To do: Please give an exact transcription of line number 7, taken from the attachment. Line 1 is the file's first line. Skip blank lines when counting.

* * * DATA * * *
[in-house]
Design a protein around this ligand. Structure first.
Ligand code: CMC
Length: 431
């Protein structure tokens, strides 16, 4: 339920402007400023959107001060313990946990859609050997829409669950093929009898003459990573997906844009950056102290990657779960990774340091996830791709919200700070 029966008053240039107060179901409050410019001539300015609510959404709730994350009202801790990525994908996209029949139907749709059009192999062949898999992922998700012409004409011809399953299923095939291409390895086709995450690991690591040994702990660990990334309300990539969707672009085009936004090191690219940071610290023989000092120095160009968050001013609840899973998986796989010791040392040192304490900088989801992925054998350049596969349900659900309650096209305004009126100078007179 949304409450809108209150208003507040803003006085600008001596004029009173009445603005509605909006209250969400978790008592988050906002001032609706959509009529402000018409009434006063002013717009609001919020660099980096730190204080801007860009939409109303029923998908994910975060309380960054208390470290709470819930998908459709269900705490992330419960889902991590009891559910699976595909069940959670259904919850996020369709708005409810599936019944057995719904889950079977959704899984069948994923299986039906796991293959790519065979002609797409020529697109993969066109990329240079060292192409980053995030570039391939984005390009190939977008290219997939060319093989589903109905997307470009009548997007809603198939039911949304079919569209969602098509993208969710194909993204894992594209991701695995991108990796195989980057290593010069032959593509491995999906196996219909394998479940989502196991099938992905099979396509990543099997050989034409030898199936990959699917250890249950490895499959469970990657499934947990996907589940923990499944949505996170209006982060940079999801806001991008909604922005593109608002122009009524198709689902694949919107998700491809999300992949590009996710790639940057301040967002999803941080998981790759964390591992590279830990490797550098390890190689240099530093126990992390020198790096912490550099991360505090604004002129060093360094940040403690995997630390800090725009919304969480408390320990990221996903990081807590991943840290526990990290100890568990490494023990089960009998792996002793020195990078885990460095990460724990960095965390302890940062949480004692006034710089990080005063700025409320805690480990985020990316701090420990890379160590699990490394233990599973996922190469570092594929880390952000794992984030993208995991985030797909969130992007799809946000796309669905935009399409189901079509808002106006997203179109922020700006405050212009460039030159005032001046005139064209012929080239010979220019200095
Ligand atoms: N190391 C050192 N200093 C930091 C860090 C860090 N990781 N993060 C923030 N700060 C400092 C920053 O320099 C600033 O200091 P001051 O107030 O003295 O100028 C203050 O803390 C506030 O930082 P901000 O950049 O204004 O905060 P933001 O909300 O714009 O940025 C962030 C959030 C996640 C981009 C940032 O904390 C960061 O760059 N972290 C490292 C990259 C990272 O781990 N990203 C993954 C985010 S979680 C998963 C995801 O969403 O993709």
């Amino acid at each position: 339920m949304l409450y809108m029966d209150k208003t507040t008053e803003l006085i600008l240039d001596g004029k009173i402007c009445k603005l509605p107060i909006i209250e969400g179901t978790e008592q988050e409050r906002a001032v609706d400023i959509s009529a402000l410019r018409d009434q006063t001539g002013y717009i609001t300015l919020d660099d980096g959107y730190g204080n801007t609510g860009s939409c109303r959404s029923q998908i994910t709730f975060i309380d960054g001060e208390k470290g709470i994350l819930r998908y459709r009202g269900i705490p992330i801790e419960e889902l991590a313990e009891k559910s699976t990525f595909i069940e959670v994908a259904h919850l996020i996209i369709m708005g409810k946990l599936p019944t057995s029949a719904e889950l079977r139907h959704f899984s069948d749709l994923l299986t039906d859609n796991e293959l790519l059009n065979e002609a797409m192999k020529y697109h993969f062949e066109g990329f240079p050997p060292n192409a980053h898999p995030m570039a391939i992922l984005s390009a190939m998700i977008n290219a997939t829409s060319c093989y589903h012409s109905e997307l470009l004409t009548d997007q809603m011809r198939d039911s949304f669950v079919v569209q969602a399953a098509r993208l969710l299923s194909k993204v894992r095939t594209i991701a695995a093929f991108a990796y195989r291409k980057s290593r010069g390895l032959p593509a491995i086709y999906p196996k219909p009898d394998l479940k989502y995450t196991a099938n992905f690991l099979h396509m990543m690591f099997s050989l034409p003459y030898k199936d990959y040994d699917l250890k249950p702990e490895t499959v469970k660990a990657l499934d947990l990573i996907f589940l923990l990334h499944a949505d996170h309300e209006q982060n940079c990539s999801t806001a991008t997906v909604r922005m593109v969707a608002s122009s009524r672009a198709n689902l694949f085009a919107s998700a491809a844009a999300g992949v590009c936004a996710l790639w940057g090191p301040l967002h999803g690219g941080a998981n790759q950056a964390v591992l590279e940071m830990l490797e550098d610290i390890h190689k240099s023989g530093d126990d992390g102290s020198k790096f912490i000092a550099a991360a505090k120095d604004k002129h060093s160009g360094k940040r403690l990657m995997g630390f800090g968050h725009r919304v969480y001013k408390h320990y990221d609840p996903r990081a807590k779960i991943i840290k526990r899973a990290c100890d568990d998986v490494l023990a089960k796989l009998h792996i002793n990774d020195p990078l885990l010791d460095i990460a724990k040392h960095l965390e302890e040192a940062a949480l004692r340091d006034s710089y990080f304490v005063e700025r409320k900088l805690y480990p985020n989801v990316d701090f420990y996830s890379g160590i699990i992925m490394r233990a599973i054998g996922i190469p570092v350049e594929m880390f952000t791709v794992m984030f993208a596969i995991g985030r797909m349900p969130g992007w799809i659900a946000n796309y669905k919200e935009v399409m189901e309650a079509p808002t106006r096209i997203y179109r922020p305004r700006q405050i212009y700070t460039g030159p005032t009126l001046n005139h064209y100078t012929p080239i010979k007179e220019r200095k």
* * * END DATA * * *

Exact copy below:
């Amino acid at each position: 339920m949304l409450y809108m029966d209150k208003t507040t008053e803003l006085i600008l240039d001596g004029k009173i402007c009445k603005l509605p107060i909006i209250e969400g179901t978790e008592q988050e409050r906002a001032v609706d400023i959509s009529a402000l410019r018409d009434q006063t001539g002013y717009i609001t300015l919020d660099d980096g959107y730190g204080n801007t609510g860009s939409c109303r959404s029923q998908i994910t709730f975060i309380d960054g001060e208390k470290g709470i994350l819930r998908y459709r009202g269900i705490p992330i801790e419960e889902l991590a313990e009891k559910s699976t990525f595909i069940e959670v994908a259904h919850l996020i996209i369709m708005g409810k946990l599936p019944t057995s029949a719904e889950l079977r139907h959704f899984s069948d749709l994923l299986t039906d859609n796991e293959l790519l059009n065979e002609a797409m192999k020529y697109h993969f062949e066109g990329f240079p050997p060292n192409a980053h898999p995030m570039a391939i992922l984005s390009a190939m998700i977008n290219a997939t829409s060319c093989y589903h012409s109905e997307l470009l004409t009548d997007q809603m011809r198939d039911s949304f669950v079919v569209q969602a399953a098509r993208l969710l299923s194909k993204v894992r095939t594209i991701a695995a093929f991108a990796y195989r291409k980057s290593r010069g390895l032959p593509a491995i086709y999906p196996k219909p009898d394998l479940k989502y995450t196991a099938n992905f690991l099979h396509m990543m690591f099997s050989l034409p003459y030898k199936d990959y040994d699917l250890k249950p702990e490895t499959v469970k660990a990657l499934d947990l990573i996907f589940l923990l990334h499944a949505d996170h309300e209006q982060n940079c990539s999801t806001a991008t997906v909604r922005m593109v969707a608002s122009s009524r672009a198709n689902l694949f085009a919107s998700a491809a844009a999300g992949v590009c936004a996710l790639w940057g090191p301040l967002h999803g690219g941080a998981n790759q950056a964390v591992l590279e940071m830990l490797e550098d610290i390890h190689k240099s023989g530093d126990d992390g102290s020198k790096f912490i000092a550099a991360a505090k120095d604004k002129h060093s160009g360094k940040r403690l990657m995997g630390f800090g968050h725009r919304v969480y001013k408390h320990y990221d609840p996903r990081a807590k779960i991943i840290k526990r899973a990290c100890d568990d998986v490494l023990a089960k796989l009998h792996i002793n990774d020195p990078l885990l010791d460095i990460a724990k040392h960095l965390e302890e040192a940062a949480l004692r340091d006034s710089y990080f304490v005063e700025r409320k900088l805690y480990p985020n989801v990316d701090f420990y996830s890379g160590i699990i992925m490394r233990a599973i054998g996922i190469p570092v350049e594929m880390f952000t791709v794992m984030f993208a596969i995991g985030r797909m349900p969130g992007w799809i659900a946000n796309y669905k919200e935009v399409m189901e309650a079509p808002t106006r096209i997203y179109r922020p305004r700006q405050i212009y700070t460039g030159p005032t009126l001046n005139h064209y100078t012929p080239i010979k007179e220019r200095k």